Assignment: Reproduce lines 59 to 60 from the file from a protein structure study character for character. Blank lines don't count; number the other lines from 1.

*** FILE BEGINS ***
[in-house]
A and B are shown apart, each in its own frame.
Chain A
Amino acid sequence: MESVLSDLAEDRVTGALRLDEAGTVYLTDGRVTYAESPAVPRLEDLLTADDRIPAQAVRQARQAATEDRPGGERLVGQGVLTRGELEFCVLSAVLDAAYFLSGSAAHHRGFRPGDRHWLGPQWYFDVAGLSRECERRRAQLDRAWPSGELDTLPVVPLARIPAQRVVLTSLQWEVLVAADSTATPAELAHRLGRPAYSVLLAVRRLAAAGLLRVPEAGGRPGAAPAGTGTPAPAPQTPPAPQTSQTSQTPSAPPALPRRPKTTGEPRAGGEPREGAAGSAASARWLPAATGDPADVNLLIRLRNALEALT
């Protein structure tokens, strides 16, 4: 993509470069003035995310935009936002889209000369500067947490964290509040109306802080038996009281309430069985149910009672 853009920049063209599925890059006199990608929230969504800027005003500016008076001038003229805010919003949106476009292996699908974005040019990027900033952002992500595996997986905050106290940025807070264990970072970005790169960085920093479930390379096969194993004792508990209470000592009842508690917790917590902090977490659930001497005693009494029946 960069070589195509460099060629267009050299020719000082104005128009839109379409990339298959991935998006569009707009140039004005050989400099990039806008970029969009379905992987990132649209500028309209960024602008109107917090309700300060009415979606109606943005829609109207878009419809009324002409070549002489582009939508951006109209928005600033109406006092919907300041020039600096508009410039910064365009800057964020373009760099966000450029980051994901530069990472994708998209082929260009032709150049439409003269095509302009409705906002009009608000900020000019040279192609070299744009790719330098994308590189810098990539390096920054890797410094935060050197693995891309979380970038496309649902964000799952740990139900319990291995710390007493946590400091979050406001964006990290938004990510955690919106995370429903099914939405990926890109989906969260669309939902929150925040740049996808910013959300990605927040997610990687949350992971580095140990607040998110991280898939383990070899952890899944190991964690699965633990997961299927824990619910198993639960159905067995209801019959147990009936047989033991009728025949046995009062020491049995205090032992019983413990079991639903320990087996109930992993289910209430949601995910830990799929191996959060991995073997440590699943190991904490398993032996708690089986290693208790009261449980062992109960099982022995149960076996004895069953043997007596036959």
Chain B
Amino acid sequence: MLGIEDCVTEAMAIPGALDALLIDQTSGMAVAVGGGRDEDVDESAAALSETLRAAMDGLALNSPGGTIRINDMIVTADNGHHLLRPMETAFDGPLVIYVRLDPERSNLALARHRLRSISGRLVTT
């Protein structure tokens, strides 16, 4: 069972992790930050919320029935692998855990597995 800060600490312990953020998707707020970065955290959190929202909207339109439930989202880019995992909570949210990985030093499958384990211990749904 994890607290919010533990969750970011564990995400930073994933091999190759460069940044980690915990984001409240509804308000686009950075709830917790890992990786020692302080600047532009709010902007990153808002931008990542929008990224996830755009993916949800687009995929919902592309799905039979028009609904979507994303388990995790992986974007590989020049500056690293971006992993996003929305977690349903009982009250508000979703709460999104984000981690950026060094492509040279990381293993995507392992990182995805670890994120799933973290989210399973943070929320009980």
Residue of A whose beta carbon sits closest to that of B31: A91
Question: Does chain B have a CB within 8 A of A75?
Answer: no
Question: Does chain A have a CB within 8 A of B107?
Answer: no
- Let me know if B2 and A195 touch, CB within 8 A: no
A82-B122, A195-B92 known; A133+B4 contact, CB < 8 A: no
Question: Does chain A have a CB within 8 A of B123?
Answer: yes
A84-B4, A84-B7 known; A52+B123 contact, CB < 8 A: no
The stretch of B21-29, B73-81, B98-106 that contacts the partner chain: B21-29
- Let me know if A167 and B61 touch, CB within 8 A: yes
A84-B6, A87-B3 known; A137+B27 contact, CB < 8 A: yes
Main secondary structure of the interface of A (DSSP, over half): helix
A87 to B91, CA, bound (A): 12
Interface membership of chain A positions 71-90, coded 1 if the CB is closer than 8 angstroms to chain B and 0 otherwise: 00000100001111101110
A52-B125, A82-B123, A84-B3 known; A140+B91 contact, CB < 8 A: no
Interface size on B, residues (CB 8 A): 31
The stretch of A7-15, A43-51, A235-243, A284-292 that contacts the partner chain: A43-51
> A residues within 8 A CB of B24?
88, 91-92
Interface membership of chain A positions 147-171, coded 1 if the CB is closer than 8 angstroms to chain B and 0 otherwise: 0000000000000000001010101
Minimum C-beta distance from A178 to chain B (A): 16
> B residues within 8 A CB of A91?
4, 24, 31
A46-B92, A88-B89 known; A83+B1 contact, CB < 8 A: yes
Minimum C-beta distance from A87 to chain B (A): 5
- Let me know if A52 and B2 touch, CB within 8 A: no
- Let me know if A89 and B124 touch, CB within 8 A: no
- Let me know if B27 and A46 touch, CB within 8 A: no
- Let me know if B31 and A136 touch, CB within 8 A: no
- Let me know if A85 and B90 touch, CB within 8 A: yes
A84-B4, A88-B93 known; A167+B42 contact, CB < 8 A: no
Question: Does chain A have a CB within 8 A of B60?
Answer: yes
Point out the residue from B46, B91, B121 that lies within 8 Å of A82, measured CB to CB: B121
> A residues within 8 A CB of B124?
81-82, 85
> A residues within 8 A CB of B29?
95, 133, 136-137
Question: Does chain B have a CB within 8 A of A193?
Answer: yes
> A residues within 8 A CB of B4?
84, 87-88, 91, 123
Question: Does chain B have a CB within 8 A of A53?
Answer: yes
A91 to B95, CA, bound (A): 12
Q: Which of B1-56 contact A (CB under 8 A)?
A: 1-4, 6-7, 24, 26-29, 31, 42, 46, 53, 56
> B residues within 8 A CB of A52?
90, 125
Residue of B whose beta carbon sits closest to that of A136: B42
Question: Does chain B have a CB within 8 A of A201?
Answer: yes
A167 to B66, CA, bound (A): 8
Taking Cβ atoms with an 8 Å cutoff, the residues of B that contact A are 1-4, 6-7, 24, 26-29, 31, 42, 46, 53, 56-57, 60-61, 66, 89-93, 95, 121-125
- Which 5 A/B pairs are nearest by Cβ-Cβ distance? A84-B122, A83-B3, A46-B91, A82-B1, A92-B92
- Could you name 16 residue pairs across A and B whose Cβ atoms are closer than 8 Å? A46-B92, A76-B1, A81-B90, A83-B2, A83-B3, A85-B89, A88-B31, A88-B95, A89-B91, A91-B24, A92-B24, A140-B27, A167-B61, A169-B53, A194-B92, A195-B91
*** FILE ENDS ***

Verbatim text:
90, 125
Residue of B whose beta carbon sits closest to that of A136: B42